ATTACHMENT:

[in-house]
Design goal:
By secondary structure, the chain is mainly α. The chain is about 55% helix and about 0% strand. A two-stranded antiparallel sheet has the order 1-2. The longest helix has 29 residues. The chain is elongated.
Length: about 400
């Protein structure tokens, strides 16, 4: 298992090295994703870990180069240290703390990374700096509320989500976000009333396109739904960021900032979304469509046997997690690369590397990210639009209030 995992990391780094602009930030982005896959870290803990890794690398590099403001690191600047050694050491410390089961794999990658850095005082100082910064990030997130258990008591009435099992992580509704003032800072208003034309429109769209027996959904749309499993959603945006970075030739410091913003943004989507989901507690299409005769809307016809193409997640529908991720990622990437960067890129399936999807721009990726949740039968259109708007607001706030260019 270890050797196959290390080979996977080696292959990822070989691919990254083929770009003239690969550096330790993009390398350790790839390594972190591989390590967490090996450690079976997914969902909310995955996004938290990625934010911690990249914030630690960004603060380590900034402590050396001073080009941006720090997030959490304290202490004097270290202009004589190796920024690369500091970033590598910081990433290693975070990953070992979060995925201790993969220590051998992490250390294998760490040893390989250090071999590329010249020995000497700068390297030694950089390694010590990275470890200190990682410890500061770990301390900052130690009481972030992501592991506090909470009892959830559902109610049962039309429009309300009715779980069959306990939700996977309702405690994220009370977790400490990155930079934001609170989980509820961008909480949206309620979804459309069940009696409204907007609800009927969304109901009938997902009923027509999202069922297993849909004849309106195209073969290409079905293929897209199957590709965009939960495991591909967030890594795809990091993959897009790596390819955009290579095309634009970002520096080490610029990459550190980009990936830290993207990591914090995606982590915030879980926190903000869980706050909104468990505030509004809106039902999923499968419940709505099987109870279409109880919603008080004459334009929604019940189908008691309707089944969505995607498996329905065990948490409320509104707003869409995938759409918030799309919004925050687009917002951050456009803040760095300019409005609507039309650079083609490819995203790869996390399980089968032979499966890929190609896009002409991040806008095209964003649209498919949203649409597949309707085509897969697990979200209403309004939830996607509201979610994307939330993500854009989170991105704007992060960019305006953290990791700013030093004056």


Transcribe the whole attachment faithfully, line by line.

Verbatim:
[in-house]
Design goal:
By secondary structure, the chain is mainly α. The chain is about 55% helix and about 0% strand. A two-stranded antiparallel sheet has the order 1-2. The longest helix has 29 residues. The chain is elongated.
Length: about 400
């Protein structure tokens, strides 16, 4: 298992090295994703870990180069240290703390990374700096509320989500976000009333396109739904960021900032979304469509046997997690690369590397990210639009209030 995992990391780094602009930030982005896959870290803990890794690398590099403001690191600047050694050491410390089961794999990658850095005082100082910064990030997130258990008591009435099992992580509704003032800072208003034309429109769209027996959904749309499993959603945006970075030739410091913003943004989507989901507690299409005769809307016809193409997640529908991720990622990437960067890129399936999807721009990726949740039968259109708007607001706030260019 270890050797196959290390080979996977080696292959990822070989691919990254083929770009003239690969550096330790993009390398350790790839390594972190591989390590967490090996450690079976997914969902909310995955996004938290990625934010911690990249914030630690960004603060380590900034402590050396001073080009941006720090997030959490304290202490004097270290202009004589190796920024690369500091970033590598910081990433290693975070990953070992979060995925201790993969220590051998992490250390294998760490040893390989250090071999590329010249020995000497700068390297030694950089390694010590990275470890200190990682410890500061770990301390900052130690009481972030992501592991506090909470009892959830559902109610049962039309429009309300009715779980069959306990939700996977309702405690994220009370977790400490990155930079934001609170989980509820961008909480949206309620979804459309069940009696409204907007609800009927969304109901009938997902009923027509999202069922297993849909004849309106195209073969290409079905293929897209199957590709965009939960495991591909967030890594795809990091993959897009790596390819955009290579095309634009970002520096080490610029990459550190980009990936830290993207990591914090995606982590915030879980926190903000869980706050909104468990505030509004809106039902999923499968419940709505099987109870279409109880919603008080004459334009929604019940189908008691309707089944969505995607498996329905065990948490409320509104707003869409995938759409918030799309919004925050687009917002951050456009803040760095300019409005609507039309650079083609490819995203790869996390399980089968032979499966890929190609896009002409991040806008095209964003649209498919949203649409597949309707085509897969697990979200209403309004939830996607509201979610994307939330993500854009989170991105704007992060960019305006953290990791700013030093004056």